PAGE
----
ARP problem
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Thread: ARP problem

  1. #1
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    Post ARP problem

    Guys,
    I know there many talented admin in AO.
    I need help on this one :

    I would like to configure the time during an ARP is cached in a windows NT & 2K. I don't know if it is doable thanks to thge registry & how.

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    Some detail on why I need this info may help guys in the same situation:

    I have a private network based on 100/Eth switches.
    One VLAN is dedicated for admin. My switches allows to give a queuing priority for a specific VLAN in case of congestion.

    My problem is this priority concerns only unicast traffic there fore I may lose broadcast packet with equal chances on every VLANs. I have 2 Mib Browser watching the private net based on Windows 2000 & NT. When a MAC adress is flushed MIB browser PCs sends ARP to the equipment to watch. This ARP may be dropped because on a congestion and a false alarm will shows up. To make sure that will not happen again I'd like to parameter the ARP cache time in order to be less than the Snmp get frequency.

    Maybe you have a better idea, it coud help, thanx
    [shadow] SHARING KNOWLEDGE[/shadow]

  2. #2
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    Hey Networker. Maybe the following link will help you:

    Microsoft Knowledgebase Article .

    I hope this helps.


    t2k2
    Opinions are like holes - everybody\'s got\'em.

    Smile

  3. #3
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    Thanks t2k2,
    it seems to match perfectly, i'll test it right now!!!
    [shadow] SHARING KNOWLEDGE[/shadow]

  4. #4
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    Glad to have been able to help. Let me know how it works out for you.
    Opinions are like holes - everybody\'s got\'em.

    Smile

  5. #5
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    Let me know if that works for you, if not, I have some other suggestions, but I don't want to bother if your problem is fixed.

  6. #6
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    Smile

    Well, thanks guys I tested it & I am pretty happy with!

    There one thing that's disturbing me on that subject, it seems the ArpCacheLife parameter controls the time during a ARP is cached but even if the a flow to the distant mac address is maintained.
    I am maybe not clear on this one!

    I thought that the ArpCacheLife parameter was triggered by the last frame with the dest mac address. e.g. Host A send data to Host B, before sending the first frame A do an ARP resolution and cache the IP-to-mac association (ARP), then after a period of "ArpCacheLife" a new arp is sent even if the last frame sent to Host be had been transmited a msec before.
    Therefore To solve my problem I had to configure ArpCacheLife to ffff value, and I think this could be dangerous for the network in term of L2P attacks and reliability.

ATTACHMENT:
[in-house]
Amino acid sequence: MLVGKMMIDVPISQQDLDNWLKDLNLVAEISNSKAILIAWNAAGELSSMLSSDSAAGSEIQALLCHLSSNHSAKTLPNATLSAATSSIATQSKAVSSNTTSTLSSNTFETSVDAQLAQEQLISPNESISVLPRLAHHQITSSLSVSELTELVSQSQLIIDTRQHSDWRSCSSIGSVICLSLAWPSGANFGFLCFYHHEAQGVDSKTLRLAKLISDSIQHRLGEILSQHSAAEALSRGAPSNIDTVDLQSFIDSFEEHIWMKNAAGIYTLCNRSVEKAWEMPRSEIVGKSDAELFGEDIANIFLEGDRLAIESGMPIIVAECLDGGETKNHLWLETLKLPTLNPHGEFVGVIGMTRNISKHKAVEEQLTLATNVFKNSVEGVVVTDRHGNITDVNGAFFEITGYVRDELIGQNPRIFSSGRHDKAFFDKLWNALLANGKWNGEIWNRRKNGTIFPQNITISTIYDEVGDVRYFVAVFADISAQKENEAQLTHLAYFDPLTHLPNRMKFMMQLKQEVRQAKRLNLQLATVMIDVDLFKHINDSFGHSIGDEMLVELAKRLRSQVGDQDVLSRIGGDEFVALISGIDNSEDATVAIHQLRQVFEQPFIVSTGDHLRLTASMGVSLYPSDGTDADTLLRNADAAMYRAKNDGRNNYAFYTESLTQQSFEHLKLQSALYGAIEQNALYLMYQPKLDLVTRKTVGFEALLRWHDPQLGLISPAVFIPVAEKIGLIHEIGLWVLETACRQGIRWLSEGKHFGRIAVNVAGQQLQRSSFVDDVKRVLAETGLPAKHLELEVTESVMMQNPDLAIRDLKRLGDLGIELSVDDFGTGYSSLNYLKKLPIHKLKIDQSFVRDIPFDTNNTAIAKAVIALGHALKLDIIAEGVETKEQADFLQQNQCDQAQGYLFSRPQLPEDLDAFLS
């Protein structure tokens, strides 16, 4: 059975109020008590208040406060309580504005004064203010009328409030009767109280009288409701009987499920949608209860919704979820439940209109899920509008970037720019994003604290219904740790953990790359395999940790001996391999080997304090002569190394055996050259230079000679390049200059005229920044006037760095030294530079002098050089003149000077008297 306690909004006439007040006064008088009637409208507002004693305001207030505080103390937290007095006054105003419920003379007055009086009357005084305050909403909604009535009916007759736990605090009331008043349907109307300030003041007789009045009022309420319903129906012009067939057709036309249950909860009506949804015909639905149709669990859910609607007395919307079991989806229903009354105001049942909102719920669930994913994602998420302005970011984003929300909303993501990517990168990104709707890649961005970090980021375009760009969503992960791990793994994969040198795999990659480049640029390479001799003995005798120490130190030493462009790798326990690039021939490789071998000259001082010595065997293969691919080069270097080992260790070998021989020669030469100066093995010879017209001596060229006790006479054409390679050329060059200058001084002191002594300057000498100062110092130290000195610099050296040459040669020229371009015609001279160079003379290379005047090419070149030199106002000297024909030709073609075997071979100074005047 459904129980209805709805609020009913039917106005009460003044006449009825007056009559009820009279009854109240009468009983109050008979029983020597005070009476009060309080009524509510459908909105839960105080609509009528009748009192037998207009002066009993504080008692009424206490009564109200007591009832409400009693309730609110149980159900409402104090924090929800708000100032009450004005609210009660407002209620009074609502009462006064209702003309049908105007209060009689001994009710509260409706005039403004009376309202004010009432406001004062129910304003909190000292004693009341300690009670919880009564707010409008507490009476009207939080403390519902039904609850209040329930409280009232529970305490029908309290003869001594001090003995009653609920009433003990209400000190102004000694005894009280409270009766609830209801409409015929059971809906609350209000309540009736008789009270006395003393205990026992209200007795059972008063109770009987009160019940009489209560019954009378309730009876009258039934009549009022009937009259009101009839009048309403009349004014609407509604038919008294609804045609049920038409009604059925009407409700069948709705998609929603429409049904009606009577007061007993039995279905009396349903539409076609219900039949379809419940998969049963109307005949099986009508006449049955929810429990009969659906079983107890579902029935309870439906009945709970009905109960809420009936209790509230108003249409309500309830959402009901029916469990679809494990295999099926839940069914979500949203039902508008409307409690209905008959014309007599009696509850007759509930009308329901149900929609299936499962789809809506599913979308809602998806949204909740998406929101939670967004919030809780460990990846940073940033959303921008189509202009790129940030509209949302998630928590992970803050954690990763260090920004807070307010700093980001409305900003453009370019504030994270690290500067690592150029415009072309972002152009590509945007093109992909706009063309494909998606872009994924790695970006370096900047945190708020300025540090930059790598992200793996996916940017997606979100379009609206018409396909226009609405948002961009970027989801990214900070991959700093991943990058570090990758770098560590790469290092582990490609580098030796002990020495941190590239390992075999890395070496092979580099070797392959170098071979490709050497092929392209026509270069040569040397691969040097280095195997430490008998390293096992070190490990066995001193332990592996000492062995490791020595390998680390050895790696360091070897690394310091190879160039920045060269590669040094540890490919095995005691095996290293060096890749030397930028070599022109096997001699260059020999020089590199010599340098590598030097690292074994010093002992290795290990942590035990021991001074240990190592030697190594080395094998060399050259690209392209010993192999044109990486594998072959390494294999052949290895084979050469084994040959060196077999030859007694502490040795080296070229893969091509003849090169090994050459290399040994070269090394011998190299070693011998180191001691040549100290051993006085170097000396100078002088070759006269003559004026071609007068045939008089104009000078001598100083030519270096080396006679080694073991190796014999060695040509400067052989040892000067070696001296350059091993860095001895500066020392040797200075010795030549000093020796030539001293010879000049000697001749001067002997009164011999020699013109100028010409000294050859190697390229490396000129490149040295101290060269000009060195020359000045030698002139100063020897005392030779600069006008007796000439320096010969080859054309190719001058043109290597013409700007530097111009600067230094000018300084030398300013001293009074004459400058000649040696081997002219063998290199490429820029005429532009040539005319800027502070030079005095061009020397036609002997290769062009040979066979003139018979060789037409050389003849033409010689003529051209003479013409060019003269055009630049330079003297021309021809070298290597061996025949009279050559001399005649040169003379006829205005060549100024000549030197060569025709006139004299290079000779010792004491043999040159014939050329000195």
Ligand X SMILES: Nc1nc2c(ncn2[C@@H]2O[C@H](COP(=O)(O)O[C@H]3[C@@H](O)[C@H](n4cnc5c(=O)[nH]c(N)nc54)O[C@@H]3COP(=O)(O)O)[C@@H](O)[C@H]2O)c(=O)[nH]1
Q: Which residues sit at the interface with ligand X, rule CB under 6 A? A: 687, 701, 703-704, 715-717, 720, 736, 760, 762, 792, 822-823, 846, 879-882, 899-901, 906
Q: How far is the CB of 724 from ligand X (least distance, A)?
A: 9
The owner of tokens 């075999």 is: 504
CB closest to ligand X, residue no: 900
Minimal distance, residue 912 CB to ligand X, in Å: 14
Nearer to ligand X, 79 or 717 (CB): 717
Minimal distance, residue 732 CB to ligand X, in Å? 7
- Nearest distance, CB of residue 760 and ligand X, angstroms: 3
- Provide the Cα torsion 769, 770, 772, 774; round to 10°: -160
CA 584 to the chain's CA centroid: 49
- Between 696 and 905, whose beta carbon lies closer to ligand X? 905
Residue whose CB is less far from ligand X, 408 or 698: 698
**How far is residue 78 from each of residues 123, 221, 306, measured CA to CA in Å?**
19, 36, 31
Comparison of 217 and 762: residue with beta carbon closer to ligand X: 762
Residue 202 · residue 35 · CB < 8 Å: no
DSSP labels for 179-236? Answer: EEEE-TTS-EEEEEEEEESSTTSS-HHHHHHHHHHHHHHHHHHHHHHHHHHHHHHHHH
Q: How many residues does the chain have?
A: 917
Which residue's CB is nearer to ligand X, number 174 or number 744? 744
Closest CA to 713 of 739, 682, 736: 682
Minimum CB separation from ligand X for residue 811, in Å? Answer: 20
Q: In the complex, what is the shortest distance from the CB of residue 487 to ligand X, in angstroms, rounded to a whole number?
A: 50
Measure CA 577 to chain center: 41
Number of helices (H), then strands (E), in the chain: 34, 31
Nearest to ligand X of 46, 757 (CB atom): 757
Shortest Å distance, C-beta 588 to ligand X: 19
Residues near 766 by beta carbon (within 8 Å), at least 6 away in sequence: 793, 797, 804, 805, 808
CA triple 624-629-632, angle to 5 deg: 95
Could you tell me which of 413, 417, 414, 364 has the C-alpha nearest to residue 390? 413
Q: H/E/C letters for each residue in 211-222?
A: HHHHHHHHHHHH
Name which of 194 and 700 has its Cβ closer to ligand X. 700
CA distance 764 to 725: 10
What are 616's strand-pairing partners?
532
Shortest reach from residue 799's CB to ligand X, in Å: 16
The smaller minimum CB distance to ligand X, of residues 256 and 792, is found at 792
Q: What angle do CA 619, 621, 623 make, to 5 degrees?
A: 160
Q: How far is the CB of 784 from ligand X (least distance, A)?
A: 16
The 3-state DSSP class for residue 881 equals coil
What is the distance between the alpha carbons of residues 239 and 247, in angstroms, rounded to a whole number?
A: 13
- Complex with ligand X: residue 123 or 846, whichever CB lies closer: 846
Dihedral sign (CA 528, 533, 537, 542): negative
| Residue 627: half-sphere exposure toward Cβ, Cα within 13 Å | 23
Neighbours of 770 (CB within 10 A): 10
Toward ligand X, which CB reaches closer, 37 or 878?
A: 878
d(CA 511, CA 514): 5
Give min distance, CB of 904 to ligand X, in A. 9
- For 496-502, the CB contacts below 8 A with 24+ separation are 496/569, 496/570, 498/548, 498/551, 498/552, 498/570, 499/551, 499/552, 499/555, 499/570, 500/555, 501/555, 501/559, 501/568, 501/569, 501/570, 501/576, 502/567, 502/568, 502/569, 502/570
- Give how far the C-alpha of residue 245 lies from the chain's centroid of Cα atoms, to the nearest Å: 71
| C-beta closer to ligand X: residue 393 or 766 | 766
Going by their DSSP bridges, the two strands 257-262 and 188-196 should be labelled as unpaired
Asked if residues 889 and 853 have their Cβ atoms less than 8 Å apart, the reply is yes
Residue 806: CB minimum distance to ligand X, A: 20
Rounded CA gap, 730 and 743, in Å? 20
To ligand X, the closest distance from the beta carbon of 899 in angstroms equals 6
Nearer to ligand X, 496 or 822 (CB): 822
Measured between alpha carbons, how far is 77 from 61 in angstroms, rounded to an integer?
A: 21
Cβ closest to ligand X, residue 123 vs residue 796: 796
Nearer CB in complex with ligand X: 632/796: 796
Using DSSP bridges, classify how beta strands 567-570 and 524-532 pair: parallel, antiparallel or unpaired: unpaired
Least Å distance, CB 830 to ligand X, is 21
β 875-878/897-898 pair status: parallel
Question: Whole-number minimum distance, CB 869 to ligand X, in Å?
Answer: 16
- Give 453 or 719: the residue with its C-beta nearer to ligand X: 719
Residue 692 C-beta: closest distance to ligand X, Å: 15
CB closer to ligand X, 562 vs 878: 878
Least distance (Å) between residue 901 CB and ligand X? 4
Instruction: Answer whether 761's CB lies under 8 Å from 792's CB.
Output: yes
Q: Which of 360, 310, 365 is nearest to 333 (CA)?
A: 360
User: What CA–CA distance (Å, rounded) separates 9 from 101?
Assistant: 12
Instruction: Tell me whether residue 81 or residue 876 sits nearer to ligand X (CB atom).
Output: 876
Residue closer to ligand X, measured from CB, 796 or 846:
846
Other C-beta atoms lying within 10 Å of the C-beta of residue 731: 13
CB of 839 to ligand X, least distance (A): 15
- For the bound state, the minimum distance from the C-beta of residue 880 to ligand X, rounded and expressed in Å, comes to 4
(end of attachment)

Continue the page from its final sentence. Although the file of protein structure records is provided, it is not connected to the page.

Any idea is welcome, thanx
    [shadow] SHARING KNOWLEDGE[/shadow]

  7. #7
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    The purpose of an ARP cache is so that an ARP request does not have to be sent again if the entry already exists in it's cache, thereby improving performance by reducing network traffic. Therefore, during the lifetime of the entry in the cache, NO new ARP's will be sent, and the lifetime value will not be reset just because there is an active session with the host.

    Also, setting the value ffff is basically forcing the entry to remain in the cache infinitely. This definately could cause networking problems, especially in situations where IP addresses may change (DHCP)

  8. #8
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    "Distant MAC address"?? I thought MAC addresses only applied to the local subnet? The MAC address will belong to your default gateway... no?
    .....Brain Failure....dumping core.... z z z

  9. #9
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    Originally posted here by krang
    "Distant MAC address"?? I thought MAC addresses only applied to the local subnet? The MAC address will belong to your default gateway... no?
    I don't think that is what he meant by distant...

  10. #10
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    "Distant MAC address"?? I thought MAC addresses only applied to the local subnet? The MAC address will belong to your default gateway... no?
    I mean by distant MAC address the destination host MAC's that' belong to the same VLAN than the source host.

    The VLAN may be limited to a single switch but may be as well distributed between a large set of switch thanks to trunks.

    Networking is not all about IP routing !!! [/color]

    Personnally, I prefer architecture relying as much as possible on ethernet switching (but it's my personnal feeling) as far ethernet wiring is doable, for the following reasons:

    - Throughput: Powerful routers are expensive (e.g. for giga ethernet ) compared to eth switching devices even more if your routers are handling a very large set of routes or performing ACLs, CBWFQ or others very interresting features.

    - Latency: CAM tables are firmware based and switch like lightning.

    For me a effective private network design is based on multiple VLANs (1 VLAN for the DMZ, 1 for the financial, 1 for sales, ....) with routers used as gateway between VLAN and external world (associated of course with firewalling, IDS & Security audit tools)
    [shadow] SHARING KNOWLEDGE[/shadow]

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